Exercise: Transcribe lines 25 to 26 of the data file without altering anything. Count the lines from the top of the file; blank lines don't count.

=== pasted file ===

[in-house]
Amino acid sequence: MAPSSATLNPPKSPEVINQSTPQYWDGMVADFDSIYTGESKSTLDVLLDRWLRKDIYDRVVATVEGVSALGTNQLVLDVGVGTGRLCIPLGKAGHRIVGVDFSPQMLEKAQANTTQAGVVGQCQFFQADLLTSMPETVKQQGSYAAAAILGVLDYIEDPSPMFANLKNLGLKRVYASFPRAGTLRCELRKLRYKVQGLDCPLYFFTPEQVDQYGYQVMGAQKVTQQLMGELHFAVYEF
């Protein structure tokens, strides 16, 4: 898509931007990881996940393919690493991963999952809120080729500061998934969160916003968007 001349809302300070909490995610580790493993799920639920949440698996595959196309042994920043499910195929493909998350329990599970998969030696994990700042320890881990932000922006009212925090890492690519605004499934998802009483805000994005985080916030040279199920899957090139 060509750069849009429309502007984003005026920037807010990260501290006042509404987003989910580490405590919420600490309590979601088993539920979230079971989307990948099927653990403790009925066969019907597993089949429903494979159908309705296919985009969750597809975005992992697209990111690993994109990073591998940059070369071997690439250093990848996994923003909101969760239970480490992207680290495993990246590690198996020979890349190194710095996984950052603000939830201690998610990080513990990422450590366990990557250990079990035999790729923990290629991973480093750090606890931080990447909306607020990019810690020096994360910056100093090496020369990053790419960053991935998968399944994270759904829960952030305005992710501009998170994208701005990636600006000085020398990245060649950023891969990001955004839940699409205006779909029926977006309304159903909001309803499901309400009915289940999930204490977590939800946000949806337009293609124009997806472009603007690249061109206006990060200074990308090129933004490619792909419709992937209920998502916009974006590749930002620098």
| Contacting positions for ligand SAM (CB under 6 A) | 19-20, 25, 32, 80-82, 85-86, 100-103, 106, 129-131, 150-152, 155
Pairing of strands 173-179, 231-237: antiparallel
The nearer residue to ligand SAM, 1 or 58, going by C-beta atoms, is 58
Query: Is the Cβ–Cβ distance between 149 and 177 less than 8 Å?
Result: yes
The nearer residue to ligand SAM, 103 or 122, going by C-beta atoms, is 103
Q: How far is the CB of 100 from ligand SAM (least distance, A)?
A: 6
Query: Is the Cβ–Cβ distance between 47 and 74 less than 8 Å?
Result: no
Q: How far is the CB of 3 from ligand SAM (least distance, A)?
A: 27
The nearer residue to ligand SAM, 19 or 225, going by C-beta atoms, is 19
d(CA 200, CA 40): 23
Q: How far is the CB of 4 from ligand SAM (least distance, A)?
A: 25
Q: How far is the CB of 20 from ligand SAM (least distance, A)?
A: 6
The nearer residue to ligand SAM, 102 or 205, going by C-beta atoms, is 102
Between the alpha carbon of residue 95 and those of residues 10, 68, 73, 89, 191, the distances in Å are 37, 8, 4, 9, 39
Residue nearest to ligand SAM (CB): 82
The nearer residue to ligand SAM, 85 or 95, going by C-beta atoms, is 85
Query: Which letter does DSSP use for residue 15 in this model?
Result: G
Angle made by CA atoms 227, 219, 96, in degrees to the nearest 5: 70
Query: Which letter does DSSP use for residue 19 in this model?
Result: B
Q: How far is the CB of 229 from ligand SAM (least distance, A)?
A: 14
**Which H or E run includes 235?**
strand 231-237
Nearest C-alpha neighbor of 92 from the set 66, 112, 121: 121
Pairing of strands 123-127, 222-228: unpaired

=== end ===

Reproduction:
The nearer residue to ligand SAM, 85 or 95, going by C-beta atoms, is 85
Query: Which letter does DSSP use for residue 15 in this model?